function. In the proposed approach, vector concatenation is used as the feature union function. The output

of the composite model can be computed by recursively applying (1).

Iii-B Layer

For the convenience of understanding and applying some evolutionary operations, vertices are topologically sorted [34]. For simplicity, the topological order of a vertex is defined as its depth. Vertices with a same depth compose a layer :

(2)

It should be noted that there are no edges between two vertices belong to a same layer. Without loss of generality, vertices and are supposed to be the input and the output of the graph, respectively. Accordingly, and are with the minimum and maximum depths.

The

connection probability

of a particular edge is useful for some evolutionary operations, which is related to the depth of the two layers containing vertices and :

(3)

where is the decay factor, and is an initial connection probability.

Iii-C Layer blocks

The adjacency matrix, , of a graph, , is a matrix with elements given by:

(4)

where one indicates an edge from vertex to vertex . As the graph is directed acyclic and topologically sorted, the adjacency matrix is always upper triangular. As shown in Fig. 1, the diagonal of the adjacency matrix are square blocks full of zeros:

(5)

where is a block corresponds to the layer . The rest of the upper-triangle in the adjacency matrix can be split into several blocks according to the fragmenting of layers, where and . The size of the block is .

The connection probability can be visualized by mapping onto the adjacency matrix, as shown in Fig. 1. According to (3), each block has a same connection probability which can be calculated as:

(6)

With above intuitive observation, changing layer should consider blocks , , and , which form a cross-shaped area as shown in Fig. 1.

Fig. 1: Layer blocks: The color corresponds to the connection probability between two layers and calculated according to (6)

Iv Evolution of Architectures

Our goal is to find the architecture that performs best on a given ML task. In this paper, only classification tasks are considered and evaluated. Let and be the features and labels of a dataset, respectively. The optimization goal can then be formally expressed as:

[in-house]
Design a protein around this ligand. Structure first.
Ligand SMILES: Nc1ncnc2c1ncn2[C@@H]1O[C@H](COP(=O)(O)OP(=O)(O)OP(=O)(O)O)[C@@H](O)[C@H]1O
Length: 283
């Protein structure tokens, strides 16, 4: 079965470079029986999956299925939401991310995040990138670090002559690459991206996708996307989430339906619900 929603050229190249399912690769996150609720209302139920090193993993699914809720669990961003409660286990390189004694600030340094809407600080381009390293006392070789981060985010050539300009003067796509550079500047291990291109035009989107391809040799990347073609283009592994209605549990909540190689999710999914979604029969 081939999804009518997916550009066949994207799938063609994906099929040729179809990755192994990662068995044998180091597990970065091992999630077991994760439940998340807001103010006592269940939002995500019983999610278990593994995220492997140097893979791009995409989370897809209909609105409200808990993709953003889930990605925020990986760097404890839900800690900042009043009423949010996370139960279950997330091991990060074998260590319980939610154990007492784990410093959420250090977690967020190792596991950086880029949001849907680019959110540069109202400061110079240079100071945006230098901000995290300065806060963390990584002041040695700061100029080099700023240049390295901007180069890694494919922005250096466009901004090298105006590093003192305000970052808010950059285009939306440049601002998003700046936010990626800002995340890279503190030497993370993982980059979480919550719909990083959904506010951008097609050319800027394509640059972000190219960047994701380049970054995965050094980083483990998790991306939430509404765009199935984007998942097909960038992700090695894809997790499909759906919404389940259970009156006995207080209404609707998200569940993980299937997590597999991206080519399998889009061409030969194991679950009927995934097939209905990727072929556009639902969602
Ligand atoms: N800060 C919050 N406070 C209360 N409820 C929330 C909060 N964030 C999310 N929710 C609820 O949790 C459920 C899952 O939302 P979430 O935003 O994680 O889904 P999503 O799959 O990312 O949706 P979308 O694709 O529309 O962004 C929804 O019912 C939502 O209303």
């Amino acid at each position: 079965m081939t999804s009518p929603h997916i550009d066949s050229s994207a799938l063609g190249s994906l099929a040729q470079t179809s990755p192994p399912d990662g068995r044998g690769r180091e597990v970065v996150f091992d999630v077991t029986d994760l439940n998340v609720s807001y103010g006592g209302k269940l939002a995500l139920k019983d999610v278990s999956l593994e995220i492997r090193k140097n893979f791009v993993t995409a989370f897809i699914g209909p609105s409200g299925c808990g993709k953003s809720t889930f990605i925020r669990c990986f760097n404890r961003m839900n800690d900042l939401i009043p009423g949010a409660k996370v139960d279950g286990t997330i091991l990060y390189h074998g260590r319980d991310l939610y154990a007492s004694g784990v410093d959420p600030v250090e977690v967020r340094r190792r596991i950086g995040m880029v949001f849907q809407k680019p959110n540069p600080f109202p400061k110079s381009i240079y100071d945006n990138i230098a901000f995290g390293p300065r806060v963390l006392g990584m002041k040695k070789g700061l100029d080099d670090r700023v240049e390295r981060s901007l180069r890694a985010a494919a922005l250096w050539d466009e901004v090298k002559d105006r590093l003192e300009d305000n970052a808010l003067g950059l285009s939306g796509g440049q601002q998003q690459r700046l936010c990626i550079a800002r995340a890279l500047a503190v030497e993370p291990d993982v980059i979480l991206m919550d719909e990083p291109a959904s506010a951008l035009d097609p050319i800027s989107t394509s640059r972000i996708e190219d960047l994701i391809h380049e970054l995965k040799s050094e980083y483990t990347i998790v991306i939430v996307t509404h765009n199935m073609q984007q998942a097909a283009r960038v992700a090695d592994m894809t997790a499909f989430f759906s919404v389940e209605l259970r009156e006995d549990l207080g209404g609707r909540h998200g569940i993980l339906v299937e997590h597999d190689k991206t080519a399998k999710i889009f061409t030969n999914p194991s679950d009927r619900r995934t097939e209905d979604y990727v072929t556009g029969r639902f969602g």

(7)

where denotes the architecture represented by a DAG, and is the parameter endowed by the graph,

is the loss function of defined by the classification task,

measures the complexity of the graph, and is a coefficient to trade-off between loss and complexity. With the complexity term, the objective function prefers a simple architecture. In implementation, the loss function includes a regularization term and some cross validation strategies to avoid over-fitting, and the complexity counts the number of vertices and edges in the graph.

Iv-a Search Algorithm

The evolutionary search algorithm based on tournament selection [35] is employed to explore for architectures in the complex configuration space. The work flow is illustrated in Fig. 2. Four operations, which are the random, mutation, heredity, and keep best, constitute the main part of the algorithm. These operations are designed to generate diverse architectures. Details of these operations will be explained in following sub-sections. Following the convention in EA, an architecture will also be called an individual in the following.

Fig. 2: DarwinML framework. Evolutionary Algorithm(EA) using gene operations do searching job in the form of decoded matrices, and do training to get fitness in the form of encoded graph. After training, EA save best 15% models to next generation. EA keep searching and training until the population is enough. The best model can be chosen in population by fitness as well as loss function in machine learning.

In initialization, the first generation is build up by individuals according to the convention in EA, generated by the random operation.